Dealing with Homelessness
ACRO has been involved in the provisioning of accommodation for homeless people since the 1970s. The rapidly changing landscape of housing over the past decade has placed enormous pressure on services that provide emergency accommodation, including ACRO. Policies to privatise public housing; new rules with respect to public housing stock; the movement of large numbers of interstate people with a resultant shortage of private rentals have all combined to make finding a house to live a nightmare. Those who would have been able to afford private rental a decade ago are now falling into the catchment of those who cannot pay private costs and are either potentially, or actually, now homeless themselves.

ACRO has a limited number of accommodation units available for those with significant homelessness issues. These houses are located in various suburbs and are in high demand with considerable wait periods.

Accommodation with Support
Accommodation for the sake of a roof over one's head rarely solves the issue of homelessness for most people. By definition, emergency accommodation is not available to clients as a long-term fix. ACRO, with the financial support of State and Federal governments is able to provide support for residents in its short-term accommodation to prepare them for exit from us and entry into the private rental marketplace. ACRO's staff is highly versed on the issues of budgeting, dealing with private rental agents, bond loans, rental relief and the range of other matters that will confront our clients when they leave us. Without support, clients are destined to lurch from crisis to crisis; home to home; welfare agency to welfare agency. ACRO prides itself on its strategies to move people into more stable and long-term housing following a move from our accommodation.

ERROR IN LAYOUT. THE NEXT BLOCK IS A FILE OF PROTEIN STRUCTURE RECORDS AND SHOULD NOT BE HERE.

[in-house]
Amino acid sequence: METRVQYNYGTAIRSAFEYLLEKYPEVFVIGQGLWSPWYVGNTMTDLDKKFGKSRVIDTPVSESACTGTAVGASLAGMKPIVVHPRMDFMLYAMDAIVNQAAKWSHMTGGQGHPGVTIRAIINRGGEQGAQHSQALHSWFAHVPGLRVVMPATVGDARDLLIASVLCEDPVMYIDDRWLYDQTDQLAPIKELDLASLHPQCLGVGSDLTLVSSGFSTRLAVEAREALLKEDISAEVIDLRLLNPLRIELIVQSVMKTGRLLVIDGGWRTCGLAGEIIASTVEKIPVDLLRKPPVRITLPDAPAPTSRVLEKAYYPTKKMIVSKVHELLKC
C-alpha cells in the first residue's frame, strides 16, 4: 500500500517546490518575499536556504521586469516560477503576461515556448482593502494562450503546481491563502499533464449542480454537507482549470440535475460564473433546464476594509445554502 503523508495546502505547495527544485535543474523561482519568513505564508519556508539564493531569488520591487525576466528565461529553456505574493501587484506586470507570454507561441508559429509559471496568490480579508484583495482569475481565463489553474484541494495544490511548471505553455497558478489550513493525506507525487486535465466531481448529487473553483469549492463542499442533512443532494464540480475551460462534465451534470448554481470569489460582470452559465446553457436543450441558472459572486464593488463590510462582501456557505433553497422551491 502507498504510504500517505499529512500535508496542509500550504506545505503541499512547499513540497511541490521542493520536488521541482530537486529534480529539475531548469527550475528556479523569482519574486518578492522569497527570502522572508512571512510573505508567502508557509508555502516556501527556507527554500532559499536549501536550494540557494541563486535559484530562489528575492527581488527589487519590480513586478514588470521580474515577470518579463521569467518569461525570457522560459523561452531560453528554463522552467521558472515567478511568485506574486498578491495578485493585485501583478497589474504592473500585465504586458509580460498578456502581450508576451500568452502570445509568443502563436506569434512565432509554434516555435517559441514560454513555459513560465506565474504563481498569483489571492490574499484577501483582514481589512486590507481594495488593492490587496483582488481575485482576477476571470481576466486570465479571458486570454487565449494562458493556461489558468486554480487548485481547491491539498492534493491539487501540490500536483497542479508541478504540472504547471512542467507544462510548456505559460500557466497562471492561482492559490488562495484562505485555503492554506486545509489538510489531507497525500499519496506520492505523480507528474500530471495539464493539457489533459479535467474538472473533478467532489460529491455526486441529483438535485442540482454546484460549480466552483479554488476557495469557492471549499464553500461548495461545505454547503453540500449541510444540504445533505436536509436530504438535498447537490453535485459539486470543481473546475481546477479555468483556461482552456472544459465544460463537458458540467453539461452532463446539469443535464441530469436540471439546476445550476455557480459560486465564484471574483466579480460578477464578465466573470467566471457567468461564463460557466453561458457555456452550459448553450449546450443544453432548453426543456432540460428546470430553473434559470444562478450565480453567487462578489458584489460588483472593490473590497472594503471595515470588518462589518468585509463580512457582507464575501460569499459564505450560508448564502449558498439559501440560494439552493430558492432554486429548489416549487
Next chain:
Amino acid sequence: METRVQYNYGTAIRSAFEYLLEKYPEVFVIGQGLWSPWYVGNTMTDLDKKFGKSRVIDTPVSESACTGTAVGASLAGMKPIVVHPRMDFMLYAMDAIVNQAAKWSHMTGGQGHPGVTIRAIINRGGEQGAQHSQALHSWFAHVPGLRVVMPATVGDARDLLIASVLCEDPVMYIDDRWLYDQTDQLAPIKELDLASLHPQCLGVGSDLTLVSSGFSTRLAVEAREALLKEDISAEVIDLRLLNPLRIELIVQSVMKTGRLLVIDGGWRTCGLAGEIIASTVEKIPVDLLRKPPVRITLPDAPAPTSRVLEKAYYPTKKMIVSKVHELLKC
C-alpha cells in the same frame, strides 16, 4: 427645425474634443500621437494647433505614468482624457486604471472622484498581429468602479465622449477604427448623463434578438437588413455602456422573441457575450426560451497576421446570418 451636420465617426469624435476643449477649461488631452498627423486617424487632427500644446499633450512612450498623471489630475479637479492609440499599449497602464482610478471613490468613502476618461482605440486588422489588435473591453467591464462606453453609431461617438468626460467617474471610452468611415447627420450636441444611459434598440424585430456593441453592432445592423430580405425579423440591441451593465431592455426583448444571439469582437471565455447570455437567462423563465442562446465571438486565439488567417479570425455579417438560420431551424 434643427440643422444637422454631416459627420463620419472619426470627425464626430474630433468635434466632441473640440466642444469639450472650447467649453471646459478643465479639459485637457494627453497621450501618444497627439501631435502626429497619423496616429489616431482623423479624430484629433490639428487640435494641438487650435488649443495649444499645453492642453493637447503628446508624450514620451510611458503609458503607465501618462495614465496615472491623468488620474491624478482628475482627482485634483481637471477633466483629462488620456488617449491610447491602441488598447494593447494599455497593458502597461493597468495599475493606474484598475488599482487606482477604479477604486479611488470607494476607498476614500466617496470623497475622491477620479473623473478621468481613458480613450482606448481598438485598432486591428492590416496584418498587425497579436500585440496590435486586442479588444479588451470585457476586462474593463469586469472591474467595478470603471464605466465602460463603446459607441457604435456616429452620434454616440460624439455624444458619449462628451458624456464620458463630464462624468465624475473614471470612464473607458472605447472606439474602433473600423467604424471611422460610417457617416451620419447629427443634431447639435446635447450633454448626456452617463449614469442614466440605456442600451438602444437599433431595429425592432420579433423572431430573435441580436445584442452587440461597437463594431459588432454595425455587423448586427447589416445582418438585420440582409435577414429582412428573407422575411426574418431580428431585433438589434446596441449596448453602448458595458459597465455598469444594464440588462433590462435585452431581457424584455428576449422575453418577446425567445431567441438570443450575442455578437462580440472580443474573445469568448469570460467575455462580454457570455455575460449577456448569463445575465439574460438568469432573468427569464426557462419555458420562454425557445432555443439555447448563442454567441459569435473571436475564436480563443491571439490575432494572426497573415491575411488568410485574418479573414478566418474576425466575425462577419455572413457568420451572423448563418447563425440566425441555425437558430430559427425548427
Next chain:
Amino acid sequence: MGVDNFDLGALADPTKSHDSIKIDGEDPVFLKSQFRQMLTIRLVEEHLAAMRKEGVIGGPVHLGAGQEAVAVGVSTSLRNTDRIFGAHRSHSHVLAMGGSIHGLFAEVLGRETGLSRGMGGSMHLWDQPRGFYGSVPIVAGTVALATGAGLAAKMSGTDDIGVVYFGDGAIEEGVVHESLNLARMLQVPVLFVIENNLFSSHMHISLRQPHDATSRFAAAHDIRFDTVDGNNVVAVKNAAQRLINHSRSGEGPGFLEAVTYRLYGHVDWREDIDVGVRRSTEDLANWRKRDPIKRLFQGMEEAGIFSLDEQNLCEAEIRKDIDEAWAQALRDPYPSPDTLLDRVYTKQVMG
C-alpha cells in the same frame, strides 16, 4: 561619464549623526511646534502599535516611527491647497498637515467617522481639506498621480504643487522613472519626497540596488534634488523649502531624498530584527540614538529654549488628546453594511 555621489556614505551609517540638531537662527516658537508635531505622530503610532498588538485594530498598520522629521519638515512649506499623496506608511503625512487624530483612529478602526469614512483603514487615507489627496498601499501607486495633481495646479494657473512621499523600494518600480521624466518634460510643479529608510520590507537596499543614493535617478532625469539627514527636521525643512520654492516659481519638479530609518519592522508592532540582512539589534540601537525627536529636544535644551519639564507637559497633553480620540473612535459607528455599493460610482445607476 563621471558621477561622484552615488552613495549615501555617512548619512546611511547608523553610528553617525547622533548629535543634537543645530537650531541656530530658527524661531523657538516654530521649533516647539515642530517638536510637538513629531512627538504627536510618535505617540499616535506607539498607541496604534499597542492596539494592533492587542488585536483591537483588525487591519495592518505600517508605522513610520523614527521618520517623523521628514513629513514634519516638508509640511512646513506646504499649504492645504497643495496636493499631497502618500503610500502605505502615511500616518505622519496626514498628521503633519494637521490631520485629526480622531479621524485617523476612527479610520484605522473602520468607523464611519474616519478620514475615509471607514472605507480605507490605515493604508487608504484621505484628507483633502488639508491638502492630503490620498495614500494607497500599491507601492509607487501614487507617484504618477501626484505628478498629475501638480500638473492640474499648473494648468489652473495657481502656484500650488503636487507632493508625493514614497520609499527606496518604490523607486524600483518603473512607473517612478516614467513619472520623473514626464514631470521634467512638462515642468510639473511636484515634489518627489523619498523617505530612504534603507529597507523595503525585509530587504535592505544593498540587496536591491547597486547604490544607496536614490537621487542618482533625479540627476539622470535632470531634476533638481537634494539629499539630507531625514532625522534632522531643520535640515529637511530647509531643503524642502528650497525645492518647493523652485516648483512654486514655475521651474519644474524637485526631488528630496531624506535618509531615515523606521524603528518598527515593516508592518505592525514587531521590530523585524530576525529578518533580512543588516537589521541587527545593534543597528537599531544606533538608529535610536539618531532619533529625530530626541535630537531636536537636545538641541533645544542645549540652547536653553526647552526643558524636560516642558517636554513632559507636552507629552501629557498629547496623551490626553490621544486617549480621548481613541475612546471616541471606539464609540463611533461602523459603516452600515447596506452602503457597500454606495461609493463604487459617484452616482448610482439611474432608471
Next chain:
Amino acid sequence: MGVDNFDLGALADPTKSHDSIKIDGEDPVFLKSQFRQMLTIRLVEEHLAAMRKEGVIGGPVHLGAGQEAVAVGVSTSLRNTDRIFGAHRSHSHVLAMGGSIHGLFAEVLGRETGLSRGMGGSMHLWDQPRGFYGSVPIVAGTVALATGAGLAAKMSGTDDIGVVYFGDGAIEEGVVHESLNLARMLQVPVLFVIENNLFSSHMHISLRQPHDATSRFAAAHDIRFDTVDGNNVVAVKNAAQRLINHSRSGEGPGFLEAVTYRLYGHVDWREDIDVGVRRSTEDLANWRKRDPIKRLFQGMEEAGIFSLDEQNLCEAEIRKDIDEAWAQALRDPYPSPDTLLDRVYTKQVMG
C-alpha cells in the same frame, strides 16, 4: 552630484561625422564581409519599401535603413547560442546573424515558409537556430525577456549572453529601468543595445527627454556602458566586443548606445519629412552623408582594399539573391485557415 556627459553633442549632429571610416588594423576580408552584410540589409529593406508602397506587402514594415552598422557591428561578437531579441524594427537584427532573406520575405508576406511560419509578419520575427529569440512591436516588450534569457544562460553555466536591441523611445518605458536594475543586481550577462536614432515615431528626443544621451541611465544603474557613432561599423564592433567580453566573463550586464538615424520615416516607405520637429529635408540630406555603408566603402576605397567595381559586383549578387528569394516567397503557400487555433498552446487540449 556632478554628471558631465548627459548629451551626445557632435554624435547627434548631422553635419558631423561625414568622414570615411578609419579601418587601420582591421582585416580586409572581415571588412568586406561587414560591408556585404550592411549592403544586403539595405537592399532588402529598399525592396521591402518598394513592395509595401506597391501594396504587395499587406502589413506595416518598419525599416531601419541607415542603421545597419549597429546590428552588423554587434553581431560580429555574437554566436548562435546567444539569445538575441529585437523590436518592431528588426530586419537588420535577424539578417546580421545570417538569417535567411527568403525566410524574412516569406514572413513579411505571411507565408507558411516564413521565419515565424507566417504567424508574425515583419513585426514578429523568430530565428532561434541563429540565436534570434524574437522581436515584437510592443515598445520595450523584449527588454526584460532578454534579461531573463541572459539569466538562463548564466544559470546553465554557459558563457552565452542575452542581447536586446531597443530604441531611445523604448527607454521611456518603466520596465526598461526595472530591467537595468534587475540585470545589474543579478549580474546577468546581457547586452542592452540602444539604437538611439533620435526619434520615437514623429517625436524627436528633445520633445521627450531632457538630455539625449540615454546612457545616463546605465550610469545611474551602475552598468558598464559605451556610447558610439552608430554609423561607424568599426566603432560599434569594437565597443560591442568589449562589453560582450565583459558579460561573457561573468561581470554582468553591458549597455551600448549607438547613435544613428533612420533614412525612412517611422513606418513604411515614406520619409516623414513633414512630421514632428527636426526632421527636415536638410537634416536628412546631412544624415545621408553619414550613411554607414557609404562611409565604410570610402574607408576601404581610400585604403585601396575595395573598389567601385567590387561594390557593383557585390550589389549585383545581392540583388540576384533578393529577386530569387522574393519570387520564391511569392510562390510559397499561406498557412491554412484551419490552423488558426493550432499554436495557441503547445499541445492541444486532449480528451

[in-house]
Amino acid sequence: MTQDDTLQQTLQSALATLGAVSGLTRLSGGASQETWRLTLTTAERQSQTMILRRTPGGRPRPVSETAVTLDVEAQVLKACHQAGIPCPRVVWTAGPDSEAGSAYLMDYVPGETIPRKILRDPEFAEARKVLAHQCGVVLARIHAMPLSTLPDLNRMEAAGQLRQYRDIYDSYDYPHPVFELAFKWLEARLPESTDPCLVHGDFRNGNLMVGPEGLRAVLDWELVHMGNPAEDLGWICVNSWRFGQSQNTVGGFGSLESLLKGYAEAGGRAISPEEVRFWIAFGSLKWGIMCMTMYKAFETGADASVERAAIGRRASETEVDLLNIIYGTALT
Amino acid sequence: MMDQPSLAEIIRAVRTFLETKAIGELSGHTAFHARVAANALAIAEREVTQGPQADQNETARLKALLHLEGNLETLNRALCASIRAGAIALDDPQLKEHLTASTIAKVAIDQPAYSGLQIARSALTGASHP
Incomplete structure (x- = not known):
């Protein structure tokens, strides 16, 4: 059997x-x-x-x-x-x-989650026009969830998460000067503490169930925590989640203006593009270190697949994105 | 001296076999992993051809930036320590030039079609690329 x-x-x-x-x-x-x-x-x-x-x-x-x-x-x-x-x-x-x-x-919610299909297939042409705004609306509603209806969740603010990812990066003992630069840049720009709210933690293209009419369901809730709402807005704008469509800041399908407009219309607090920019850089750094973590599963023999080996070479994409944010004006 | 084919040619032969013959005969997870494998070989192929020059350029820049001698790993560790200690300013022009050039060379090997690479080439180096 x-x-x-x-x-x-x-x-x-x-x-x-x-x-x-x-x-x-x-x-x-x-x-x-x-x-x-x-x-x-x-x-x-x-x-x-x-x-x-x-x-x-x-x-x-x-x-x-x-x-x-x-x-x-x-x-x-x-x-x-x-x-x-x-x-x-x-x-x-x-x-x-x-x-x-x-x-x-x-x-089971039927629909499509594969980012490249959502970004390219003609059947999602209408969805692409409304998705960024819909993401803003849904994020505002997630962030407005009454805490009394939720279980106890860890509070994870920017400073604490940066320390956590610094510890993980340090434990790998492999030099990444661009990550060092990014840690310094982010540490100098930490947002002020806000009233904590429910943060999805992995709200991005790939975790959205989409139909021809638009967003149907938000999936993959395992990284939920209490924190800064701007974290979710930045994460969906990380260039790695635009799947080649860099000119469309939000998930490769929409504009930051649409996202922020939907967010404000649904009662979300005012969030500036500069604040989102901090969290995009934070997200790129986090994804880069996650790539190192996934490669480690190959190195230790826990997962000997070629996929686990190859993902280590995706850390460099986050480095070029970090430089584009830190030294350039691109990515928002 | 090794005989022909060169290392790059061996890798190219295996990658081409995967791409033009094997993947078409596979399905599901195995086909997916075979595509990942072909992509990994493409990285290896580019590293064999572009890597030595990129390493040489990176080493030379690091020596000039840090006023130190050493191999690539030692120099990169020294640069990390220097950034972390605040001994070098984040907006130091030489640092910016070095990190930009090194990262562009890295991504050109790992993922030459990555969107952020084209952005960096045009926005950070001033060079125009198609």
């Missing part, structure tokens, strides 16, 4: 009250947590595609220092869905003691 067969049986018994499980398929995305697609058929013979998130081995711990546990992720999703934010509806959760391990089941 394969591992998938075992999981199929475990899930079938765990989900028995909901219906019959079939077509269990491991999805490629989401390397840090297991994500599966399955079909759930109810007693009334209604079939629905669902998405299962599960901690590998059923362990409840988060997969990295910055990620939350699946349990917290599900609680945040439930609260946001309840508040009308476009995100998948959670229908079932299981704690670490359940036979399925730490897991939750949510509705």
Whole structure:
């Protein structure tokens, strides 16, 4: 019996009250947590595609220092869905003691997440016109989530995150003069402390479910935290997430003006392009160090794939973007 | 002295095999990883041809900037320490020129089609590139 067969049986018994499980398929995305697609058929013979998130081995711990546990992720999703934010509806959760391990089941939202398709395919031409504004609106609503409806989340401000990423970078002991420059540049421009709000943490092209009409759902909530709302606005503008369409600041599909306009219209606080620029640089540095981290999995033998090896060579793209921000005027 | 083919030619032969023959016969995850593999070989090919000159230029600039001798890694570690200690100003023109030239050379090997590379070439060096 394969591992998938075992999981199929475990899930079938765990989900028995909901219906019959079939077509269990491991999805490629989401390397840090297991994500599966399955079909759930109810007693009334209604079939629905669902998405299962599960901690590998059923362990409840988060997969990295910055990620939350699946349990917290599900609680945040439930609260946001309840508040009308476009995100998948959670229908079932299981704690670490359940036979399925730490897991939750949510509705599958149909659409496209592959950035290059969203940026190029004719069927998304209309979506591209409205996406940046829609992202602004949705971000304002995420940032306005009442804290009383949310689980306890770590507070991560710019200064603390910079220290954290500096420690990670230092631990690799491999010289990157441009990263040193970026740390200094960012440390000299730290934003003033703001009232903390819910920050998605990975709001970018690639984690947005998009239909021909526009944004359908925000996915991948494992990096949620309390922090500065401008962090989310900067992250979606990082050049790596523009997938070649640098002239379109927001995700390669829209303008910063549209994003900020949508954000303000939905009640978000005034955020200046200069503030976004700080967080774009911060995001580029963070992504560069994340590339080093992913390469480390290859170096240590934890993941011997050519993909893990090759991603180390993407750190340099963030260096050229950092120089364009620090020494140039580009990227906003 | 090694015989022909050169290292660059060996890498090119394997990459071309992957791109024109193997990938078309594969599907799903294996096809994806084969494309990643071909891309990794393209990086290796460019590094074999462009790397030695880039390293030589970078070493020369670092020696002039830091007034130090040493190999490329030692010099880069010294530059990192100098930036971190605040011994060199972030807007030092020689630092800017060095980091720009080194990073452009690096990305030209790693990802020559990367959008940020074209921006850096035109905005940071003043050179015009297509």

Intermediary Housing

In recent times, and in view of the crisis in housing generally, ACRO has recognised that for some clients in its housing with support program are not afforded enough time to transition to the private rental market. The organisation has secured additional housing for people who have graduated from our housing with support but who are not quite ready (or capable) to survive privately. These clients receive minimal support but are required to escalate their rental payments whilst with us in preparation for a time when full private rental will be mandatory. ACRO recognises that, as with most issues in social justice, gradual progression through levels reduces stress and increases the probability of long-term success in implementation.